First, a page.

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Leigh Baldwin & Co.

112 Albany Street, Cazenovia, NY 13035 | Phone: (315) 655-2964 Toll Free: 1-800-659-8044

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Day Traders Diary

2/16/17

 Investors took a breather on Thursday, pulling the S&P 500 and Nasdaq away from their freshly-minted record highs after seven consecutive advances. The pullback was modest in scope, leaving the S&P 500 and the Nasdaq lower by 0.2% while the Dow (unch) resisted, eking out a slight gain.

The Treasury market, which had posted six consecutive losses coming into Thursday, also reversed its recent ways. Treasuries finished higher across the board with shorter-dated issues showing relative strength in a yield-curve steepening trade. The benchmark 10-yr yield closed five basis points lower at 2.45% while the 2-yr yield finished lower by seven basis points at 1.20%.

The recent losing streak aside, the Treasuries' uptick was somewhat surprising given today's strong economic data; Housing Starts (1246K; Briefing.com consensus 1220K), Initial Claims (239K; Briefing.com consensus 245K), and the Philadelphia Fed Index (43.3; Briefing.com consensus 17.5) all surpassed estimates.

However, the hotter than expected readings turned out to be a non-event, at least for now, considering the market's updated rate hike expectations. The fed funds futures market is once again pointing to June as the most likely time for the next hike to be announced. The implied probability of a June hike sits at 73.9%, down from yesterday's 76.2% while the implied likelihood of a hike in May is down to 47.1%.

Earnings news was relatively quiet today as nearly 80.0% of S&P 500 components have already reported their results. However, Cisco Systems (CSCO 33.60, +0.78) did make a splash with its latest report. CSCO shares jumped 2.4% after the company raised its dividend and reported better than expected earnings.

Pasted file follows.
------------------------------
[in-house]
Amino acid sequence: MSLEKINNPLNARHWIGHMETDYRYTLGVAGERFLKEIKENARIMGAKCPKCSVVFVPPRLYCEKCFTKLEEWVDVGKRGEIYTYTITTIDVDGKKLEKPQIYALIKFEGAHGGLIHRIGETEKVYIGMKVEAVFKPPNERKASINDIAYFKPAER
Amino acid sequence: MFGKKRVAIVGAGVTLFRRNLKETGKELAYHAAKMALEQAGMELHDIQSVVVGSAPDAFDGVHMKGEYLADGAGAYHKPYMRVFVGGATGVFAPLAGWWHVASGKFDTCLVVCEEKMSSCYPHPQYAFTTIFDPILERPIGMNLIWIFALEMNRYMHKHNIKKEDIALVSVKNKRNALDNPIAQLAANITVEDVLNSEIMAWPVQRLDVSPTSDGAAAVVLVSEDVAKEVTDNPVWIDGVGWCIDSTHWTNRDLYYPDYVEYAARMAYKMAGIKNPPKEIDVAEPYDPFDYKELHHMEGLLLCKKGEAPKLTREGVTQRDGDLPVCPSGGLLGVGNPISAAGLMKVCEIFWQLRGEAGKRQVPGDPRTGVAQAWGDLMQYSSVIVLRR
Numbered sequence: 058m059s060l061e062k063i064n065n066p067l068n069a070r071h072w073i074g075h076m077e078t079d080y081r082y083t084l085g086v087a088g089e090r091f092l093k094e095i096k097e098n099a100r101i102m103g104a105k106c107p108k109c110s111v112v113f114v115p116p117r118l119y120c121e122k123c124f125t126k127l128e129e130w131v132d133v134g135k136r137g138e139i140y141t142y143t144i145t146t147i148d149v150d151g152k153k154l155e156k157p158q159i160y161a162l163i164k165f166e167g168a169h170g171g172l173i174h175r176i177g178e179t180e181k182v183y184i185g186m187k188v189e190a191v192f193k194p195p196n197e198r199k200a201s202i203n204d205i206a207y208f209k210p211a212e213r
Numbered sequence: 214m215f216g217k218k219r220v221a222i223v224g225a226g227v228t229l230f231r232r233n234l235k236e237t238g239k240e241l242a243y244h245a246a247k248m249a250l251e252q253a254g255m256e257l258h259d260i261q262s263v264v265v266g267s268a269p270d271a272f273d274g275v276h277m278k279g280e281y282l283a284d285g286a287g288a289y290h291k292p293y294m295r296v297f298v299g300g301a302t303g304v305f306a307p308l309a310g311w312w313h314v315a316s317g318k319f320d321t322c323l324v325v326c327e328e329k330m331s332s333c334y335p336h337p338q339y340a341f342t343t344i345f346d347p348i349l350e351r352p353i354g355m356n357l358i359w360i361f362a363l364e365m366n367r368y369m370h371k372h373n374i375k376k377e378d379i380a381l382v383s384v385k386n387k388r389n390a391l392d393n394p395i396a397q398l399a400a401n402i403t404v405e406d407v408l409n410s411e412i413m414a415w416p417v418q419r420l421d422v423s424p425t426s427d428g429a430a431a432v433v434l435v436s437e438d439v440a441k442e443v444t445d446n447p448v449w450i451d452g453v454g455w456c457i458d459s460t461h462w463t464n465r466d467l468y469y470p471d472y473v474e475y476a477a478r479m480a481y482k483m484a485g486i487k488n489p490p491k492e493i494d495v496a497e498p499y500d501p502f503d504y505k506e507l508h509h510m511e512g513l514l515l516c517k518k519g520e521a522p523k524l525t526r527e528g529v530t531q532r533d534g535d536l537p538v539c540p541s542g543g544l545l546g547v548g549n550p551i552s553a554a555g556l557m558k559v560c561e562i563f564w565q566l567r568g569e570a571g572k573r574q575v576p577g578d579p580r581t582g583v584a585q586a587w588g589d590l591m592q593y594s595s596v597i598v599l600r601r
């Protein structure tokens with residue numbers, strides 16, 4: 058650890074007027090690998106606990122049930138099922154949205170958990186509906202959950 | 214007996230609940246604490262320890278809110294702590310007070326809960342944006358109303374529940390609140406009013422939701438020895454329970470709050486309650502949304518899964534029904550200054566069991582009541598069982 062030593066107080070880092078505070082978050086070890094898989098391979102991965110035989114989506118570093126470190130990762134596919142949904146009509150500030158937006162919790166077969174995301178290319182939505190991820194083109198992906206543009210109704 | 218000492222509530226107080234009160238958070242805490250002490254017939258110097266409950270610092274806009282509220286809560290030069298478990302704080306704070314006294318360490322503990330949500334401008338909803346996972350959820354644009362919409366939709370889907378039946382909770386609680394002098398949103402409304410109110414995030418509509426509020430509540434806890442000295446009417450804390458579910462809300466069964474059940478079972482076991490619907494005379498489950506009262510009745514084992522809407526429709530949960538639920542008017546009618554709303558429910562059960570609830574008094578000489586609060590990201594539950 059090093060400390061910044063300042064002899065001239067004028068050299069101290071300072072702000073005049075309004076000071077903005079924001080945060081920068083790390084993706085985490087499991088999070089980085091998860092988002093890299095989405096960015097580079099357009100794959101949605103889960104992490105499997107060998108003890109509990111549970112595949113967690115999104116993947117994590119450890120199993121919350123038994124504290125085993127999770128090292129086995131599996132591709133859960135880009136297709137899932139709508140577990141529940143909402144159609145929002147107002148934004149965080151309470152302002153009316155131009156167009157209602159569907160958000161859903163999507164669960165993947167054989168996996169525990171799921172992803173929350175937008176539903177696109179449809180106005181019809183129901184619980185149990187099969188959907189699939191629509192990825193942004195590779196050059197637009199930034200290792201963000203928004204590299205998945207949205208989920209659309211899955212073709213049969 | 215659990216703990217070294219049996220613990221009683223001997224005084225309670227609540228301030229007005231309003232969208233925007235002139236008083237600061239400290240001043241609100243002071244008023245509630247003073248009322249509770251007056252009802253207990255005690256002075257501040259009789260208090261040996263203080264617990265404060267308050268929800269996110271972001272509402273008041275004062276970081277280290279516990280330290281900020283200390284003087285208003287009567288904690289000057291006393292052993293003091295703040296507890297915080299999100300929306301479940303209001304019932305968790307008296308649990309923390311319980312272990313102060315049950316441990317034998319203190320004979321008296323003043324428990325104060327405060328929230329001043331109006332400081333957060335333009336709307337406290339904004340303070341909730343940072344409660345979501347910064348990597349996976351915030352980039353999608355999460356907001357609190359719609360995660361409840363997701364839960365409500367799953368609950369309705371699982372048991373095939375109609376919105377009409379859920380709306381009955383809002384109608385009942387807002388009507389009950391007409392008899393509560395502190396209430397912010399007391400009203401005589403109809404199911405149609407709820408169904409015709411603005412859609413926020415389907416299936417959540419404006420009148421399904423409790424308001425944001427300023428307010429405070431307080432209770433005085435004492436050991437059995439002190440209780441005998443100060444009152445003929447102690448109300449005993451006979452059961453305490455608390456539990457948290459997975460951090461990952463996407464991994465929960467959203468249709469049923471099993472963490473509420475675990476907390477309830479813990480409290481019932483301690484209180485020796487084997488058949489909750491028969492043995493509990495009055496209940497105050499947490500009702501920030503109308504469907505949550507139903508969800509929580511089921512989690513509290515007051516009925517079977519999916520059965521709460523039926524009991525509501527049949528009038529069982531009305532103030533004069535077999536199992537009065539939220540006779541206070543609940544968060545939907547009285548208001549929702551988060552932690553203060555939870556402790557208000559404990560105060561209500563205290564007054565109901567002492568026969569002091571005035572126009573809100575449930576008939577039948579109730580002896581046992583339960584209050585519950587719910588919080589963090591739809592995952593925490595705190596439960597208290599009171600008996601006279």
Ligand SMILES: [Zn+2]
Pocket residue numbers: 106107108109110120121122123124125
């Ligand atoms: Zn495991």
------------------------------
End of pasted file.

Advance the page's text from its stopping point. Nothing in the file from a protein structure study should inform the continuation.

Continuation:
Cisco's upbeat performance supported a modest gain in the technology sector (+0.2%), which finished with industrials (unch) as the only cyclical spaces to close in the green.

Utilities (+1.0%) closed at the top of the leaderboard, thanks to the downtick in Treasury yields and a positive reaction to Duke Energy's (DUK 78.90, +2.12) latest earnings report. Shares of DUK climbed 2.8% despite the company's earnings per share miss.

Real estate (+0.4%), telecom services (+0.5%), and consumer staples (+0.1%) also finished higher, while health care (-0.1%) could not keep up with its countercyclical peers.

The remaining sectors—financials, consumer discretionary, materials, and energy—finished with losses between 0.1% (materials) and 1.4% (energy).

The energy space's slip came despite crude oil's 0.6% advance. The commodity closed at $53.41/bbl after news that OPEC is mulling a production cut extension & could potentially cut more than previously expected.

Today's economic data included January Housing Starts, Initial Claims, and the Philadelphia Fed Index for February:

Housing starts decreased to a seasonally adjusted annualized rate of 1.246 million units in January, down from a revised 1.279 million units in December (from 1.226 million). The Briefing.com consensus expected starts to decrease to 1.220 million units. Building permits increased to a seasonally adjusted 1.285 million in January from a revised 1.228 million (from 1.210 million) for December. The Briefing.com consensus expected a reading of 1.230 million.

The key takeaway is that, absent the December revision, starts would have increased month-over-month, which is to say the headline decline isn't as disappointing as it might sound at first blush.

The latest weekly initial jobless claims count totaled 239,000 while the Briefing.com consensus expected a reading of 245,000. Today's tally was above the unrevised prior week count of 234,000. As for continuing claims, they declined to 2.076 million from the revised count of 2.079 million (from 2.078 million).

The key takeaway from the report is that initial claims continue to be stuck at low levels historically, which is a good portent for nonfarm payroll growth.

The Philadelphia Fed Survey for February rose to 43.3 from an unrevised 23.6 in January while economists polled by Briefing.com had expected a reading of 17.5.

The key takeaway from the report is that manufacturing activity is proceeding at a healthy pace in the Philadelphia Fed region.

Friday's lone economic report, January Leading Indicators (Briefing.com consensus 0.5%), will be released at 10:00 am ET.

 

Nasdaq Composite +8.0% YTD

S&P 500 +4.8% YTD

Dow Jones Industrial Average +4.3% YTD

Russell 2000 +3.1% YTD

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